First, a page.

Secret Meetings in Hartford, to Rule and be Ruled

CT flag upsidedown reallyAs Aristotle instructed, “the virtue of a citizen is the capacity to rule and to be ruled”.

The secret meetings and usurpation of our state and federal constitution by the King and Prince of Hartford are stunning.  For Governor Malloy and Senate Pro Tem Don Williams, rule of law matters not.  They are the King and Prince, not to be bothered with trivialities. 

Hartford runs like an oligarchy of social engineers most interested in benefiting themselves and their special interests, to the detriment of the rest of us.  Even the Courant Editorial Board recognizes the stunning abuse of power and disregard for the public, or transparency in government operations (see below).   

A few examples, in this session our legislators:

  • Using the Emergency Certification process to disallow public comment, imposed the most restrictive gun control law in the country, usurping our Second Amendment rights, with 40%+ of the GOP going along
  • Passed a law to provide illegal aliens driver licenses telling us it will make us safer and reduce costs; if a person is illegally in our country, they should be arrested and deported, in accordance with our rule of law; or change the law
  • In secret, created and passed a budget that further enslaves we citizens, our children and theirs with debt and taxes, and cements us in an economic malaise encouraging more citizens and businesses to leave the state; an immoral budget using more chicanery and then portrayed by proponents as courageous and responsible

Each of these far-reaching state laws was enacted using parliamentary gimmicks and questionable Constitutional grounds, both state and federal. 

“Therefore the good citizen will need to know both how to rule and to be ruled.”   Aristotle

I’m thinking we’re not doing a very good job. 


From the Courant Editorial Board …

A big part of the problem is the growing penchant of the state’s elected leaders to pull down government’s shades so the bill-paying public can’t see inside. These leaders have fallen in love with secrecy and out of love with what used to be a cherished Connecticut value, transparency.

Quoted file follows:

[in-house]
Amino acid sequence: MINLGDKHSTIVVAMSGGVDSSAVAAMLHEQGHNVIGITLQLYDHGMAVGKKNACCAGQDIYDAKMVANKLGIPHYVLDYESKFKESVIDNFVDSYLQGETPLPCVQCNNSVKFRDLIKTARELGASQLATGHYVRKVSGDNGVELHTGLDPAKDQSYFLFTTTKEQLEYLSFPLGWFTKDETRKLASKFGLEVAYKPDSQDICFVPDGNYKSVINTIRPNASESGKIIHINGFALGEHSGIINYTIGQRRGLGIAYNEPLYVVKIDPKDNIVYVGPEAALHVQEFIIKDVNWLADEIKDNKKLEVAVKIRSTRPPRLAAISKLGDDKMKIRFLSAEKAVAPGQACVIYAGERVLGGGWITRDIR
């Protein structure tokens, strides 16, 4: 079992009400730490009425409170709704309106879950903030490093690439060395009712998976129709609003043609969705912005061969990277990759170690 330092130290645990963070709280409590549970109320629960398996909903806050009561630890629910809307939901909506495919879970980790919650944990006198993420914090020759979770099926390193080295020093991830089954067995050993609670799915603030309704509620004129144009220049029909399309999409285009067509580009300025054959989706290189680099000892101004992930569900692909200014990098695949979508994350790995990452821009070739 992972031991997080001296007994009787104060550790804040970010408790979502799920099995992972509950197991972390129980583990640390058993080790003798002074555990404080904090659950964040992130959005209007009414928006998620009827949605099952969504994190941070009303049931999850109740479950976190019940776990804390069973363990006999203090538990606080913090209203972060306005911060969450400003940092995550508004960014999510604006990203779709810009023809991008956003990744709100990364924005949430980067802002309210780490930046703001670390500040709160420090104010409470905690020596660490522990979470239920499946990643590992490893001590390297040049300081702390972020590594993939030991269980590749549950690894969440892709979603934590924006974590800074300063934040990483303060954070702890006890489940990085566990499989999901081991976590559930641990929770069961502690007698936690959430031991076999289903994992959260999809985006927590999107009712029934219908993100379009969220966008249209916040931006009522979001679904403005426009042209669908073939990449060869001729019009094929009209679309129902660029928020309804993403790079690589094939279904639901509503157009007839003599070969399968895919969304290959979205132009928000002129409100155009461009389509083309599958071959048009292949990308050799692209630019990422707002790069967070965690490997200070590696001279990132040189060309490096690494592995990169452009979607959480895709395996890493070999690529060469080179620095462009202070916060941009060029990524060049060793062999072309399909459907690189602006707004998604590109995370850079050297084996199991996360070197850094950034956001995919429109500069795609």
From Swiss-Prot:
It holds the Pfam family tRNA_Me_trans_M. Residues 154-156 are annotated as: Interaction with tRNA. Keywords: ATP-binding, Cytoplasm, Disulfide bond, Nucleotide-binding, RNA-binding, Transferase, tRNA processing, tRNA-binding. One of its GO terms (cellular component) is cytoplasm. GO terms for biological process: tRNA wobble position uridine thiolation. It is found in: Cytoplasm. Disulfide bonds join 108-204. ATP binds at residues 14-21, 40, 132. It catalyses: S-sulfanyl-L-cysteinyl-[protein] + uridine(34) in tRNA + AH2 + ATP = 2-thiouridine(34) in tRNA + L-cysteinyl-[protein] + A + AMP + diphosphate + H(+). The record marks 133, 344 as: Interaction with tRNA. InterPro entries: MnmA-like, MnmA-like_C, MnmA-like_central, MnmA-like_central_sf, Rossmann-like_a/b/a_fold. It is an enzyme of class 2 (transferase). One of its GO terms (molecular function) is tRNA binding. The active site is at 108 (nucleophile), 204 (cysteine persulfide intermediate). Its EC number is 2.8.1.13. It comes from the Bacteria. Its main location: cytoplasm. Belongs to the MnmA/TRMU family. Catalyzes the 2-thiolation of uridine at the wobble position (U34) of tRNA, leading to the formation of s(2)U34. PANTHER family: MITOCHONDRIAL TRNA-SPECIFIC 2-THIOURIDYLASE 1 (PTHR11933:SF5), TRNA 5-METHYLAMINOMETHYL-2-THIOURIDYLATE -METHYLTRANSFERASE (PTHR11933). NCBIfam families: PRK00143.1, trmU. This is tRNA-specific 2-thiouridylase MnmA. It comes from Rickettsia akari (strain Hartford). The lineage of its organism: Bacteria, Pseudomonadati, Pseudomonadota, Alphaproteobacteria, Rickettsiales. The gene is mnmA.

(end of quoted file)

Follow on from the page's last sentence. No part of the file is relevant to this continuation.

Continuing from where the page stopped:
Mr. Malloy began the war on openness two years ago by downsizing the so-called watchdog agencies, which include the state Freedom of Information Commission, and putting them under a gubernatorial appointee.

The increased number of attempts this session to close government to the public, as well as the number of bills negotiated in secret and given no public hearing, are worrisome.

Lawmakers and the governor even met in secret this session — contradicting established how-a-bill-becomes-law process — to write legislation allowing more of government to frolic behind closed doors.

The budget uses way too many one-shot revenue sources, creating problems in the following biennium. It raises “new” taxes, despite the governor’s denials. It takes $6 billion off-budget in a breathtaking move that might draw judicial scrutiny. It relies more heavily than it should on an unstable revenue source — gaming. It again delays the full implementation of Generally Accepted Accounting Principles.

How much more lipstick can Mr. Malloy and the Democrats put on this pig?

The full article can be found here:,0,2233602.story

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